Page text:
"Saving as much as you can afford" can be good advice, but leaves open the possibility of a "cop out".  If you really should be saving 15% of your salary, but are unwilling or unable to make the necessary lifestyle adjustments, it is then too easy to say "I am only saving 5% - but its ok because it is as much as I can afford". 

Best bet is to spend a little time with a Certified Financial Planner(tm) to talk about your lifetime financial plan, then make decisions based on an objective and permanent plan.

Another useful guideline was developed by Fidelity.  It said a person should have saved 1 times salary by the time they are 30, 3 times by 40, 5 times by 50, and 10 times salary by the time they retire.  It is an intesting rule of thumb (as with most such rules, there are limits to its usefulness)


Whatever percentage it takes to save the amount required to reach your goals.  In other words, the amount has to be determined by looking at it in the context of your overall planning.  You may need to save more each year than someone earning the same amount with the same retirement income need simply because you have a lower financial risk tolerance and therefore need to invest more conservatively.

Be careful with rules of thumb and averages.  The average depth of the Chesapeake Bay is 4 feet.  That is interesting info but is useless, even dangerous, for the person trying to navigate its waters.


As much as you think you can comfortably afford and then do more, especially if you are a woman. 

Aon Hewitt, which looked at more than 140 defined contribution plans, says that while the average man’s 401(k) balance at the end of 2012 hovered around $100,000, the average woman had amassed just $59,300.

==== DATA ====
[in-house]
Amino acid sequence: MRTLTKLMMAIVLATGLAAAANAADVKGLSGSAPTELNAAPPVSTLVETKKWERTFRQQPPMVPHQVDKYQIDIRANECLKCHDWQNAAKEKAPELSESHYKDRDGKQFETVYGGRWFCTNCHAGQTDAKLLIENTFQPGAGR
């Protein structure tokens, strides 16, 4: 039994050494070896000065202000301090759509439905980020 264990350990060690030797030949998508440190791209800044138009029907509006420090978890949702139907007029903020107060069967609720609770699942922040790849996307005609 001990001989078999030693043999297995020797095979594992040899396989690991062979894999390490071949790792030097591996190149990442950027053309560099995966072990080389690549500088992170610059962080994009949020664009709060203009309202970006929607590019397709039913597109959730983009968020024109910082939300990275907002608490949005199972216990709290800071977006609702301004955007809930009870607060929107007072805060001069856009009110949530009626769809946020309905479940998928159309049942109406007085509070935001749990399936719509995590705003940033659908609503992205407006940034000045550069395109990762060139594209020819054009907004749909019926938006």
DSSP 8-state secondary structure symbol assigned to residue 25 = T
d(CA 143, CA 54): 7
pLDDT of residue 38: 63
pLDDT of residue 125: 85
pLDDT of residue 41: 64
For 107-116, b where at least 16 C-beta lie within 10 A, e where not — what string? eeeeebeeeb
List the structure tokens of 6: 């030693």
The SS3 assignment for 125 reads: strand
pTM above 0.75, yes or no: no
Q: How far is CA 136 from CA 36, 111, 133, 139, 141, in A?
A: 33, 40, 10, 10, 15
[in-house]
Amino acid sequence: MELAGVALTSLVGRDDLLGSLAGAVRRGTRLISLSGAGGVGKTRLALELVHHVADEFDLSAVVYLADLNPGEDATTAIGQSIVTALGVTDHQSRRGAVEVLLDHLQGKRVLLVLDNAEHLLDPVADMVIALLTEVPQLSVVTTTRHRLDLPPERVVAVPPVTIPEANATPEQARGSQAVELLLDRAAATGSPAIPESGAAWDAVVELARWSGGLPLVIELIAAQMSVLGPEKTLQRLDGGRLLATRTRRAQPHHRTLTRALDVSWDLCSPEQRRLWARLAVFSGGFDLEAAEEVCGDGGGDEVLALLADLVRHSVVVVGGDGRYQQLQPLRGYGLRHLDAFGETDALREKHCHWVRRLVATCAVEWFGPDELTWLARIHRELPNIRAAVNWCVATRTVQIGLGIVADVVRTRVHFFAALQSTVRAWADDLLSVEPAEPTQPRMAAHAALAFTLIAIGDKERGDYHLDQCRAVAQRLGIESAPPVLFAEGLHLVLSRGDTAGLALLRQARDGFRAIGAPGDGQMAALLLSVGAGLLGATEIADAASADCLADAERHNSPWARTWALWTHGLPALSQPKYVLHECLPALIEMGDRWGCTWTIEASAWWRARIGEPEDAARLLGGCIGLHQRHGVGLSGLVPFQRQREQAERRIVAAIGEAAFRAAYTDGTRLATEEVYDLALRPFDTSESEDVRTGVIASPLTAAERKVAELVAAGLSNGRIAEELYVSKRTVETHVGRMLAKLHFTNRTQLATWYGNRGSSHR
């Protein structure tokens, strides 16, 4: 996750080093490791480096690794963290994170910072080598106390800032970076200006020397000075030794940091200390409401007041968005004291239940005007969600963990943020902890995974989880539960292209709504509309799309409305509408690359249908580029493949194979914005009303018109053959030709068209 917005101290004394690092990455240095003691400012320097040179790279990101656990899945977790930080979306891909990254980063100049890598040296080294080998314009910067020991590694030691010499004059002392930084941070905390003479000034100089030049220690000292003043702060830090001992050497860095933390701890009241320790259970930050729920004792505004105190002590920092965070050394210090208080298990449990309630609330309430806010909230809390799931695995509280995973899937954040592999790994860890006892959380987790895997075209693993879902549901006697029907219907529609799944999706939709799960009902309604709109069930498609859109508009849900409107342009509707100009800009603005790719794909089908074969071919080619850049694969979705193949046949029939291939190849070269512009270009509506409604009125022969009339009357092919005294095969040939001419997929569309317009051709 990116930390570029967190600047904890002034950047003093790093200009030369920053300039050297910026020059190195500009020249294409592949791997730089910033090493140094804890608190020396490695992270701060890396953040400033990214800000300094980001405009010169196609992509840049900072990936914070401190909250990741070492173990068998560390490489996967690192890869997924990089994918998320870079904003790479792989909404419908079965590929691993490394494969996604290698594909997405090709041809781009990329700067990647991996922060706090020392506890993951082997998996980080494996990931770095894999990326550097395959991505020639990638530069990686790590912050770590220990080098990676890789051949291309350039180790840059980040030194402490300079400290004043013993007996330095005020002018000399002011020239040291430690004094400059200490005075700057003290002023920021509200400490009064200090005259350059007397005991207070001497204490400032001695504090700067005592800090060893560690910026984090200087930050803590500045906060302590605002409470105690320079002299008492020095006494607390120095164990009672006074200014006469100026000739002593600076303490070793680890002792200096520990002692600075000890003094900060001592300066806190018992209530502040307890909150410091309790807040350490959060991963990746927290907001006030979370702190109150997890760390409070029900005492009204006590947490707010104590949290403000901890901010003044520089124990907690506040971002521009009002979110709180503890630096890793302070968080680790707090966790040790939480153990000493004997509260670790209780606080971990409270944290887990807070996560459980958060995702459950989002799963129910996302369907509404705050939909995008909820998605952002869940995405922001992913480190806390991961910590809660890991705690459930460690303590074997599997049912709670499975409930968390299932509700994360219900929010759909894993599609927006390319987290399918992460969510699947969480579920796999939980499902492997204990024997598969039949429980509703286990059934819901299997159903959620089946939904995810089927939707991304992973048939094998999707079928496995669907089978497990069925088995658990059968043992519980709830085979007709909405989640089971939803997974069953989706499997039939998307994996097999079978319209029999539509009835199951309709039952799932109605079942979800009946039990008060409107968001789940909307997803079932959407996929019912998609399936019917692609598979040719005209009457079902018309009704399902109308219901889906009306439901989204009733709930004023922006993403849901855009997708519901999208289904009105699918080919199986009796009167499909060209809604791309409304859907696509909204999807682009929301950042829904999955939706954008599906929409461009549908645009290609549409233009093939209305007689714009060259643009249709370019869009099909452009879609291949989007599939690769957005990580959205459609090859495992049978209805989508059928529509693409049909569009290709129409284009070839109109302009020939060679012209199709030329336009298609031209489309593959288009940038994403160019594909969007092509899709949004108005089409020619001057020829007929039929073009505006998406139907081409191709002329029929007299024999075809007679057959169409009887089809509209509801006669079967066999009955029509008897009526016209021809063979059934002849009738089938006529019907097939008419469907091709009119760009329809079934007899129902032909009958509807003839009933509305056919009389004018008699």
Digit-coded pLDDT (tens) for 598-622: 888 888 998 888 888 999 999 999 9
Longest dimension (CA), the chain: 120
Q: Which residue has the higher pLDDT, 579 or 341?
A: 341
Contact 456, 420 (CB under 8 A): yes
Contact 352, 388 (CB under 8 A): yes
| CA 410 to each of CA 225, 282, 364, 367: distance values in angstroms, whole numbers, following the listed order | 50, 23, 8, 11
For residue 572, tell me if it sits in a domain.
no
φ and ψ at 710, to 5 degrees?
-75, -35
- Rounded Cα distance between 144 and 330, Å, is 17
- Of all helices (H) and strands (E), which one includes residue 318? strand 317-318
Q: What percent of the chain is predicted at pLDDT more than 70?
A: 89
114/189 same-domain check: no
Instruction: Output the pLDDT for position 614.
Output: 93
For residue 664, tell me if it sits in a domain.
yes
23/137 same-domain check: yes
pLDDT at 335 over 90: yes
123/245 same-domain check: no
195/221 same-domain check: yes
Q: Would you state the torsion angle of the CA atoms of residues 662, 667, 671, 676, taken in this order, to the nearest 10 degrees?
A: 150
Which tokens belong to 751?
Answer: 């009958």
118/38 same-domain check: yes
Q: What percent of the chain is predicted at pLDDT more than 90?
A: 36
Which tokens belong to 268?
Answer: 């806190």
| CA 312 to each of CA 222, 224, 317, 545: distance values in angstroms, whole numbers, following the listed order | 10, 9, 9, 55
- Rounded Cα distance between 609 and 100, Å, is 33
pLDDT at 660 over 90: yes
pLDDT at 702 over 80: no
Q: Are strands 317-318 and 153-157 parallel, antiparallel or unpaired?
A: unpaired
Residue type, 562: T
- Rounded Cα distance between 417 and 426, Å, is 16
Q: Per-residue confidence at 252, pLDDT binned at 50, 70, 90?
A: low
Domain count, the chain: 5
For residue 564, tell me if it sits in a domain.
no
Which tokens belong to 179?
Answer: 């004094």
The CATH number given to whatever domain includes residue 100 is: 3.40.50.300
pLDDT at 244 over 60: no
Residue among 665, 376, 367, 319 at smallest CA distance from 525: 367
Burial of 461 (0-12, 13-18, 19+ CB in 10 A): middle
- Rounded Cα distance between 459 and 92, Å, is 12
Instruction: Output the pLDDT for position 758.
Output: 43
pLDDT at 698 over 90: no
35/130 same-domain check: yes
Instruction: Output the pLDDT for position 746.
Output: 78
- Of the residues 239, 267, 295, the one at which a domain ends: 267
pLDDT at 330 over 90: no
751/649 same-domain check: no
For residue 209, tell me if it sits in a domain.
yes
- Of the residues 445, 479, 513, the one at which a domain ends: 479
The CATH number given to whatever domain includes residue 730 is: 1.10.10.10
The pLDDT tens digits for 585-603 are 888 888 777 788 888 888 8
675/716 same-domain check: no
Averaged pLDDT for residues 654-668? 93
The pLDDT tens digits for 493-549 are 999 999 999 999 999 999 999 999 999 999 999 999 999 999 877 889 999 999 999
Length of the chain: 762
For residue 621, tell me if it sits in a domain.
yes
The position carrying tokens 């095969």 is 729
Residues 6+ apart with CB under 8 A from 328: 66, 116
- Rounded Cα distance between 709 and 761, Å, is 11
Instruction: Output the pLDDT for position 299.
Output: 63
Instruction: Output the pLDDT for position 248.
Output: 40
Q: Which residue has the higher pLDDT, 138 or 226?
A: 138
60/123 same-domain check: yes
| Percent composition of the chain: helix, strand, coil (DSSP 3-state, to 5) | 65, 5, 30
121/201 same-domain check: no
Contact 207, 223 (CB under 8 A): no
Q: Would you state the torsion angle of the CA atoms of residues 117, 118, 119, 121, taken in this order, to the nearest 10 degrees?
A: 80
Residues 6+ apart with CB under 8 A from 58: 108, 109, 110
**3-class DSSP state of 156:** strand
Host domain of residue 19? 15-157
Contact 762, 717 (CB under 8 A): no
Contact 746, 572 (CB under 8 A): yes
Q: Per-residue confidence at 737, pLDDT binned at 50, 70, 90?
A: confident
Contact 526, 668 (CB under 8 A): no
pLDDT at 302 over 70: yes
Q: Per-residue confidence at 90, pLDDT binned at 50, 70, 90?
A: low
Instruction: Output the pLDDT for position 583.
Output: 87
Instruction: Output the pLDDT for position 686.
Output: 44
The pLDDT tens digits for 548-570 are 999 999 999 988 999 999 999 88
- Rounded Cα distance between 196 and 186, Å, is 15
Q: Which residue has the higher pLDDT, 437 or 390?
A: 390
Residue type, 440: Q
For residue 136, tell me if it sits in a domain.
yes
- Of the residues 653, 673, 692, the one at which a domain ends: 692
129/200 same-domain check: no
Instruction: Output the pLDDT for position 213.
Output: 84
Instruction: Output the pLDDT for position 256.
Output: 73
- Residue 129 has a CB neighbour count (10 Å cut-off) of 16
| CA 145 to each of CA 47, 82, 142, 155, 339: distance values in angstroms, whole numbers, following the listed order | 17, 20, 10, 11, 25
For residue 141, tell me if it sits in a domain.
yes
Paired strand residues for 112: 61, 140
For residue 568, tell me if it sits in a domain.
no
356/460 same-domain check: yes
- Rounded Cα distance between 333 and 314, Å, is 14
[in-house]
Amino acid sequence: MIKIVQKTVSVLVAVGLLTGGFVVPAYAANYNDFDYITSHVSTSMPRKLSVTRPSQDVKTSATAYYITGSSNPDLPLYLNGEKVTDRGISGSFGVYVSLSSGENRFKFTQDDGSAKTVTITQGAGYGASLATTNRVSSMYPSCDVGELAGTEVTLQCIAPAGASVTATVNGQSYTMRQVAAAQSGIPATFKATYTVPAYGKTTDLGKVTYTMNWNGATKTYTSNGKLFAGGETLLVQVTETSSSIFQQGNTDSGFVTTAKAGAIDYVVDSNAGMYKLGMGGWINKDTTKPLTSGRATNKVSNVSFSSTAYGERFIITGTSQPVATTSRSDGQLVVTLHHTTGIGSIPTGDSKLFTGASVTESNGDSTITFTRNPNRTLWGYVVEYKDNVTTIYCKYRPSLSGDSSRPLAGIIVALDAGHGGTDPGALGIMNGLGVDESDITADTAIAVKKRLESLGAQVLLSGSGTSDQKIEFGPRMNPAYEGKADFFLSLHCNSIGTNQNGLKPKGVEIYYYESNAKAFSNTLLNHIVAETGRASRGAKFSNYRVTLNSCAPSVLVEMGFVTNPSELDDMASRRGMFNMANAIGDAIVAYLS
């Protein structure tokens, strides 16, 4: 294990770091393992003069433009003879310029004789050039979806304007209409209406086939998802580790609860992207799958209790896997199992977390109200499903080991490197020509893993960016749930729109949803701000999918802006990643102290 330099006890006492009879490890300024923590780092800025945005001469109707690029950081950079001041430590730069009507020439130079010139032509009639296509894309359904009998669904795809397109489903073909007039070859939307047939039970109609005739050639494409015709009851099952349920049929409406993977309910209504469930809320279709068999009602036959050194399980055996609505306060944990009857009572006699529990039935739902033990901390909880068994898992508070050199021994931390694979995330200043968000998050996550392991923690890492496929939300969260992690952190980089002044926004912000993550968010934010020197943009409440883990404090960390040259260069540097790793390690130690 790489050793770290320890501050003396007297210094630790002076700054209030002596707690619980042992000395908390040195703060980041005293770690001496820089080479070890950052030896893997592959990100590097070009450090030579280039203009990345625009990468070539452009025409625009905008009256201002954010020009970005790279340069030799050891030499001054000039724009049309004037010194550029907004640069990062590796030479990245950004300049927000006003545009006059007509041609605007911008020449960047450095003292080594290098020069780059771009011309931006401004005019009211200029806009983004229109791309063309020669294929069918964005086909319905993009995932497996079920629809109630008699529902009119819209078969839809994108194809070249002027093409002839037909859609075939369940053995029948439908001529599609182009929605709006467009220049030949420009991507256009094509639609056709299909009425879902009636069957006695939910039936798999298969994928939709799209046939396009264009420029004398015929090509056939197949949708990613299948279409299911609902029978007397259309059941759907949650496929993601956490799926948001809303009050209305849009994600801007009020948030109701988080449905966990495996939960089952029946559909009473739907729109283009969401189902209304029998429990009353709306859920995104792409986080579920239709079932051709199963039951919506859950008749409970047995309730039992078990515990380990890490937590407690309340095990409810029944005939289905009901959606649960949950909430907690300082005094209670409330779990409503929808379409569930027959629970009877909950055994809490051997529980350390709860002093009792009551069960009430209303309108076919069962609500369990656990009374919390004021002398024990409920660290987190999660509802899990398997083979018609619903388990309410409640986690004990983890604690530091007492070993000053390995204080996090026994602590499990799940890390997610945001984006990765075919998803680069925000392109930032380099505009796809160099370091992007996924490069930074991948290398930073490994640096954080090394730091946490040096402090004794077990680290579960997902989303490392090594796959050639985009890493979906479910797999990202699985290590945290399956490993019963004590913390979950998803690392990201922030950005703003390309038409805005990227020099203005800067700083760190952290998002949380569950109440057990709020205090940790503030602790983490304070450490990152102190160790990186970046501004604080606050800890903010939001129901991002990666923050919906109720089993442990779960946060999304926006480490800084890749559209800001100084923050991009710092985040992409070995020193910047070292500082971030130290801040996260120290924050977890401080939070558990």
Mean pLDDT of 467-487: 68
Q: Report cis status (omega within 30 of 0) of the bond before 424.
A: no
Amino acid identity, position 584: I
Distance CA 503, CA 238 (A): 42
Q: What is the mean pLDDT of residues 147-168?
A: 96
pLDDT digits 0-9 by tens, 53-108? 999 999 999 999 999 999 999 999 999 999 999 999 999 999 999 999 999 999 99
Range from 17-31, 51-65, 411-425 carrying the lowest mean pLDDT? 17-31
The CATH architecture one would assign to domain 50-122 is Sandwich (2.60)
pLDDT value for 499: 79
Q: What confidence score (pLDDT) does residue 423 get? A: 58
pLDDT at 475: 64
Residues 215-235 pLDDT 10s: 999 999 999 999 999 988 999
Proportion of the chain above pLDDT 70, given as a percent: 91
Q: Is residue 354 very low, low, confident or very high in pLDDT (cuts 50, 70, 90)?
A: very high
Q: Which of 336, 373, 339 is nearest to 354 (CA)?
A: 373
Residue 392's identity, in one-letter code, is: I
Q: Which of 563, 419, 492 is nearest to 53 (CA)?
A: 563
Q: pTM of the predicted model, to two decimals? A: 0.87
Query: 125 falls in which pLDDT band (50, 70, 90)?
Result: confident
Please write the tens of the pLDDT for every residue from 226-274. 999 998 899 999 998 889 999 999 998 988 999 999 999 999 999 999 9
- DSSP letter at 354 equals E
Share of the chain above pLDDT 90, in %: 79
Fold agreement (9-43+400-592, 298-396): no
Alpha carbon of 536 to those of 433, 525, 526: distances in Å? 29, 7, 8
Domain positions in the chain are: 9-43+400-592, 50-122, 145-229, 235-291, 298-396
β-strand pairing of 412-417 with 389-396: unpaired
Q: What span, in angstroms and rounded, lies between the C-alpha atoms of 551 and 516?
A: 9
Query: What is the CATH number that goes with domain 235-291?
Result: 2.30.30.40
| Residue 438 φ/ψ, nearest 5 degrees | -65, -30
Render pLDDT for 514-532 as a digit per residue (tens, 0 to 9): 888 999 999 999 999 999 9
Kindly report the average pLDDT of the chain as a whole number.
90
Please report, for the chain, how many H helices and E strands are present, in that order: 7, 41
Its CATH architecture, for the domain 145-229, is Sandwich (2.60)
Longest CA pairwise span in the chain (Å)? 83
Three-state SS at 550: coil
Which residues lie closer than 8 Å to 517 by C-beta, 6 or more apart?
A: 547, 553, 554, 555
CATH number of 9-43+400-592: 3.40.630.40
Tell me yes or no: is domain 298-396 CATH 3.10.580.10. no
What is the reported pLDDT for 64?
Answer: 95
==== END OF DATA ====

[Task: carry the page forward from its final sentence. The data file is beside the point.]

Ask yourself, "Would I rather spend $250 on a purse today or invest the money and be able to afford two purses in 9 years?"  The next time you want to go shopping just for fun, skip it and put the money you would have spent into your 401(k), Roth IRA, or Traditional IRA.  This is what I said on Fox 5 News: http://t.co/3T52hZEjd9

Figure out how to distinguish your "wants" from your "needs."  Make it hurt just a little...you can still enjoy your life.  


Since you did NOT mention your age, the answer is theoretical. But in general - if you are between 30-35 - 15%. If you are 35-40 18% and if you are over 40, you need to be saving 20%. These percentages will get you near 20 times your current income plus inflation when you 70 IF and this is the key, you can earn 7% on your portfolio. Send more info, and we can be a lot more specific.


If your employer offers a match to your contribution, say 1% on contributions up to 5% of salary, then 5% of salary is the floor you should consider. The idea is to contribute enough to meet the most your employer will match.
Next, contribute as much as allowable to your IRA. If there is still money in the budget after these contributions, then you can increase the percentage of your 401(k) contribution as high as you can afford, but not to exceed the annual contribution limits based on your age.
It is also a good idea to find a financial professional who can help you do some long range planning and run “what if’s” to be sure your after tax savings are compounding at the rate you want/need to support retirement.
Hope this has helped.


At least enough to get your full match. After that, you have the choice to contribute more, change to a Roth IRA, set up an “after tax” account, or beef up your emergency fund, pay off debt, save for a house, etc. It all depends upon your short- and long-term goals, which form the framework of your personal financial plan.
In general, I recommend saving 20% of your gross salary, including employer matching funds. The 20% does not necessarily need to be in your 401k, however. For personal advice, consider working with a fee-only financial planner. XY Planning Network http://www.xyplanningnetwork.com/ members specialize in X/Y/millennial generation planning and is a great place to start your search (disclosure: I am a member).
Good luck and I hope this helps!


Put in at least enough to get the full company match. Then contribute more if you can afford to do so.